Sign languages are the principal means of communication among members of deaf communities, with most countries having their own distinct sign language. In the United States, American Sign Language (ASL) is the language typically used by persons who have grown up deaf. Sign languages have gained considerable attention outside of deaf communities through the use of signs to foster communication in minimally verbal hearing persons (e.g., children with autism) and with nonhuman primates.
For centuries, sign languages were viewed as primarily pantomimic—not true languages at all. This belief helped support the oral approach to deaf education, a strategy that eschewed signing and focused on speech. Oralists advised parents of deaf children to shun all forms of manual communication and to promote spoken language acquisition through speech training, hearing amplification, speech reading, and writing. Sadly, many young people failed to attain sufficient speech mastery through this approach. As a result, many schools for deaf students today embrace a total communication approach. In this approach, all avenues of communication, including signing, are used to foster deaf students' language skills.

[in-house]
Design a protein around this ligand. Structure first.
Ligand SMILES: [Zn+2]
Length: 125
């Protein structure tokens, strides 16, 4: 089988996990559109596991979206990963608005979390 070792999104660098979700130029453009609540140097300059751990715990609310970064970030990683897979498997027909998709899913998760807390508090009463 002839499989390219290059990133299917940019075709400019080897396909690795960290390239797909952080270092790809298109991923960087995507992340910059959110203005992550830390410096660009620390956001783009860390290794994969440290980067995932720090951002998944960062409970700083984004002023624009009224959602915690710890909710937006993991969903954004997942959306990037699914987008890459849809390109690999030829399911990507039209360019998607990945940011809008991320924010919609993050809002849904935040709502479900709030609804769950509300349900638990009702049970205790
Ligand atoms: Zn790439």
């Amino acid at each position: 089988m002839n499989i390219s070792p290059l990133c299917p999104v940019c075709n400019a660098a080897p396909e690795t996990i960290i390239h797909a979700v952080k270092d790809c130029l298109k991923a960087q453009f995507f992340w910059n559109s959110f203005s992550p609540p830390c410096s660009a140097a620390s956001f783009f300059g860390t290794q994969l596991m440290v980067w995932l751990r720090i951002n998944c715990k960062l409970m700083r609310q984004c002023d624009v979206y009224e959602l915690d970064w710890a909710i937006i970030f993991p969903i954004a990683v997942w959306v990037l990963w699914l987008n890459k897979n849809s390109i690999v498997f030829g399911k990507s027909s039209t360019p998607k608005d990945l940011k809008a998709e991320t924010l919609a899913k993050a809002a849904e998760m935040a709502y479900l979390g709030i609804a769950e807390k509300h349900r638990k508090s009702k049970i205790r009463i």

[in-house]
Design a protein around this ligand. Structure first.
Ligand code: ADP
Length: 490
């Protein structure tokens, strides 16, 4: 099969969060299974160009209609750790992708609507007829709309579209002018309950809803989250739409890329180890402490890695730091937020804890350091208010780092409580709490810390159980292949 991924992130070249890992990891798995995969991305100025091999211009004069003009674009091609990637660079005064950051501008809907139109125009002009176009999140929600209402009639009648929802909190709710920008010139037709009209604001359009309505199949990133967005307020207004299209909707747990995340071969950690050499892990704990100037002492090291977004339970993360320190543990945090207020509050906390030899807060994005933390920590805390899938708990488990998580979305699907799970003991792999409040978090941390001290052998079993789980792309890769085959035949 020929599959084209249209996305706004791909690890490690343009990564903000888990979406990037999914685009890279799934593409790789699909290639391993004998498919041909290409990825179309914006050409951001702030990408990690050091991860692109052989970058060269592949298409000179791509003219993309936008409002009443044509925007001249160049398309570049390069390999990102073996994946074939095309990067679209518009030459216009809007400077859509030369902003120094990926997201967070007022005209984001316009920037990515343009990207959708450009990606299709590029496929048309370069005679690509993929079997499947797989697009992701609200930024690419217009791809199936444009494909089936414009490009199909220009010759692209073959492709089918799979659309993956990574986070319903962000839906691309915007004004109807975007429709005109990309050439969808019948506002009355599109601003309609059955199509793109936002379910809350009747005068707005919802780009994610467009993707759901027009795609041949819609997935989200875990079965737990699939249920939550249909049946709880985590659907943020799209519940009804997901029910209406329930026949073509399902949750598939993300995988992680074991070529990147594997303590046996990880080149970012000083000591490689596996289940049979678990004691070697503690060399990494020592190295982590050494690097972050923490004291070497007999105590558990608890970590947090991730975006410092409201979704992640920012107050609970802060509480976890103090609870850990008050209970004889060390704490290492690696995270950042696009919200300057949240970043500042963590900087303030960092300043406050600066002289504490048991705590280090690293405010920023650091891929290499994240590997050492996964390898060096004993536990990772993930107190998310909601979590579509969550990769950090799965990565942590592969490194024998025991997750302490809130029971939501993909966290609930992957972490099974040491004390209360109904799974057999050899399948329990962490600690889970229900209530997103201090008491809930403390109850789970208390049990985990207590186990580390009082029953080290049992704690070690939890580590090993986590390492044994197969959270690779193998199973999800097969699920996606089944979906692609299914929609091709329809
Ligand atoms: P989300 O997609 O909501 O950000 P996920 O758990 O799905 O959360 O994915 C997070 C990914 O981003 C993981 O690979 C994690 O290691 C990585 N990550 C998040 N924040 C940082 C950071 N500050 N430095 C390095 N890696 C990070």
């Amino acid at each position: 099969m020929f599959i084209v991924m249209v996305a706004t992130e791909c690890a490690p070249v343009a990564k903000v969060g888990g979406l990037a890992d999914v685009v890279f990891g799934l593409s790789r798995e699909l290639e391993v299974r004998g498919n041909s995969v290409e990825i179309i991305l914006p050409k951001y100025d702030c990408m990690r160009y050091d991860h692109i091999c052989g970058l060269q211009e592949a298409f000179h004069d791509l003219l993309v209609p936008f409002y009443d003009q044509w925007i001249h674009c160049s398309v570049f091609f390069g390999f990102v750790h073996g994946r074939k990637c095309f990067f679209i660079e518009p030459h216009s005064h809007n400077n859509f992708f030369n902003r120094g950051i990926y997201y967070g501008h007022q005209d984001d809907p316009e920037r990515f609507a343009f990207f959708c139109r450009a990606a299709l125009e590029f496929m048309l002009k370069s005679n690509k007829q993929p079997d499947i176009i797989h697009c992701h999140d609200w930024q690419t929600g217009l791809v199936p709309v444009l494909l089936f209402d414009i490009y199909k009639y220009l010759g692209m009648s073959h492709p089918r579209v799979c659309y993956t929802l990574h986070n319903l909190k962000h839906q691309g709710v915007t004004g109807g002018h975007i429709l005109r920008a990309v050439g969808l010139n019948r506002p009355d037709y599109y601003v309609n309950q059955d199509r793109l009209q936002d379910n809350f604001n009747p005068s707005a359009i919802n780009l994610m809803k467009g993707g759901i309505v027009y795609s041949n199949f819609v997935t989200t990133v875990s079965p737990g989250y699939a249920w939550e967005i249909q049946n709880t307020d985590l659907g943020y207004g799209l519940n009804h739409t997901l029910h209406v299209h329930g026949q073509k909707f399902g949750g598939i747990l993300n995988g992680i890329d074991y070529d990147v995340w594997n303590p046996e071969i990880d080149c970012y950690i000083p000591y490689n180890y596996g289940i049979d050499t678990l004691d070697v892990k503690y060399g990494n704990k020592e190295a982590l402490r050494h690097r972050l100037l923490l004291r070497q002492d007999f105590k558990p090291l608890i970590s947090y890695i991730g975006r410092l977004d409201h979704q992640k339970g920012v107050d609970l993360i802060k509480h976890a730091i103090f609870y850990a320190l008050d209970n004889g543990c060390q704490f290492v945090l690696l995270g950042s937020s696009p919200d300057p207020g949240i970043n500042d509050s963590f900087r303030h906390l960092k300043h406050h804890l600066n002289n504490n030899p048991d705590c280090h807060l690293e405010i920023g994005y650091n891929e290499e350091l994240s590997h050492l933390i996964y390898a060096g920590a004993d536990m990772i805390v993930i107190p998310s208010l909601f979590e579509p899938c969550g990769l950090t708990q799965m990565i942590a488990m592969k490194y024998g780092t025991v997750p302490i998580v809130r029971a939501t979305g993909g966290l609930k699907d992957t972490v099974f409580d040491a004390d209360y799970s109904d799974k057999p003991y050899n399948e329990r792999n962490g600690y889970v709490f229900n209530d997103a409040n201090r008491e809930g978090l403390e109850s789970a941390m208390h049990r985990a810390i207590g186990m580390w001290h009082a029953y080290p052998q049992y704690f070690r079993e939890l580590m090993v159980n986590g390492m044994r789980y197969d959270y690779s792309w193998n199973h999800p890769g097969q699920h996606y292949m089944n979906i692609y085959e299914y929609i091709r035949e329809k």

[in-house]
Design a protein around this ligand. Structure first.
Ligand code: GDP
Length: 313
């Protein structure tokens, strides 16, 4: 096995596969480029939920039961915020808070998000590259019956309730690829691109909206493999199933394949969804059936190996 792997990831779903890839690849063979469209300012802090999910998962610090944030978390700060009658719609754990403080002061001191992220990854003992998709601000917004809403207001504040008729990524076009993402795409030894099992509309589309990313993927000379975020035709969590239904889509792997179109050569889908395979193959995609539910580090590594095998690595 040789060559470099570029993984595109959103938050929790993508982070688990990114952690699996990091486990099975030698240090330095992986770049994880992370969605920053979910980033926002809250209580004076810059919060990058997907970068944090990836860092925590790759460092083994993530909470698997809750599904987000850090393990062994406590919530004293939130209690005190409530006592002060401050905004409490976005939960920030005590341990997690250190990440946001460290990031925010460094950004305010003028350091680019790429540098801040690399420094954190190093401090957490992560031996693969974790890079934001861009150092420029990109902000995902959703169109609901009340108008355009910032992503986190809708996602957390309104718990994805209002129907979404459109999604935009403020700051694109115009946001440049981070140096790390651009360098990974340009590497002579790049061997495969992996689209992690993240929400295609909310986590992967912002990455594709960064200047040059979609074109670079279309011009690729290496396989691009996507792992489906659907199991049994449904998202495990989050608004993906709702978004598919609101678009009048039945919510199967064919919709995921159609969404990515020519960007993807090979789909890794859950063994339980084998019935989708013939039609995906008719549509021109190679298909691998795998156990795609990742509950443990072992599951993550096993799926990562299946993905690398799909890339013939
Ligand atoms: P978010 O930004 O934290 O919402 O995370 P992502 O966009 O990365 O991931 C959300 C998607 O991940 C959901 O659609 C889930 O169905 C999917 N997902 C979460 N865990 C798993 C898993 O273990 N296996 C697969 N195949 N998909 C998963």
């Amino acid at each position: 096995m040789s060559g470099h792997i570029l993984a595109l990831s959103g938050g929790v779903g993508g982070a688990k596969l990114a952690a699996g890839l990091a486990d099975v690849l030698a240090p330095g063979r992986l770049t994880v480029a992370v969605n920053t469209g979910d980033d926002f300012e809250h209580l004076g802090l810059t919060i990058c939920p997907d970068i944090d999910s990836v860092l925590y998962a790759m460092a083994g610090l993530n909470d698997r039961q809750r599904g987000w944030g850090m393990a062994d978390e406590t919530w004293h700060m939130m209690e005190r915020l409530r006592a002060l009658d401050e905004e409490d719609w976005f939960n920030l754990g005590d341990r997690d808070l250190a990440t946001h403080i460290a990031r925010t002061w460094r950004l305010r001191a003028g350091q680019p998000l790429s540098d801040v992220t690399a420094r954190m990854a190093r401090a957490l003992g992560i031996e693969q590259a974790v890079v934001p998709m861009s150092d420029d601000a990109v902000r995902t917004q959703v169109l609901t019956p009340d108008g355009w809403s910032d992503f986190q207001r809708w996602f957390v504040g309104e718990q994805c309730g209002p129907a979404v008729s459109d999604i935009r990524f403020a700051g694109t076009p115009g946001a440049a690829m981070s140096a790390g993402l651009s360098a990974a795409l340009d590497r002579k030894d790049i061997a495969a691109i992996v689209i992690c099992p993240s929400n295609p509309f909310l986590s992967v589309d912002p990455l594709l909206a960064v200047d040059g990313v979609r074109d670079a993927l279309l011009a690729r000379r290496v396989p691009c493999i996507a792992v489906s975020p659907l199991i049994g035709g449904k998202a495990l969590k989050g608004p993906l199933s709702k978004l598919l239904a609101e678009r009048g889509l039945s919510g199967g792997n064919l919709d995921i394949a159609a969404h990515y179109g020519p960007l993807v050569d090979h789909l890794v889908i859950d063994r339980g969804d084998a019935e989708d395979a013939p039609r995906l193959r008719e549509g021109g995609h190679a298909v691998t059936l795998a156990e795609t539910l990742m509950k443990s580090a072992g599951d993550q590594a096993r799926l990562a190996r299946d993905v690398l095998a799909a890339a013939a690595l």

The pioneering research of William Stokoe (1919-2000) did much to alter the view that sign languages were not true languages. Stokoe identified three aspects of sign formation that distinguish one ASL sign from another: the place where the sign is made, the configuration and orientation of the hands, and the hand and arm movement forming the sign. These sign formational aspects function in a manner similar to that of phonemes in spoken languages. Subsequent studies demonstrated that ASL not only has an extensive lexicon but it also operates as a rule-governed, grammatical system. Most linguists now recognize ASL and other sign languages used in deaf communities as full and genuine languages.
Bonvillian, John D. "Sign Language Development." In Martyn Barrett ed., The Development of Language. East Sussex, Eng.: Psychology Press, 1999.
Klima, Edward S., and Ursula Bellugi. The Signs of Language. Cambridge, MA: Harvard University Press, 1979.
Wilbur, Ronnie B. American Sign Language: Linguistic and Applied Dimensions, 2nd edition. Boston: College-Hill Press, 1987.
John D. Bonvillian
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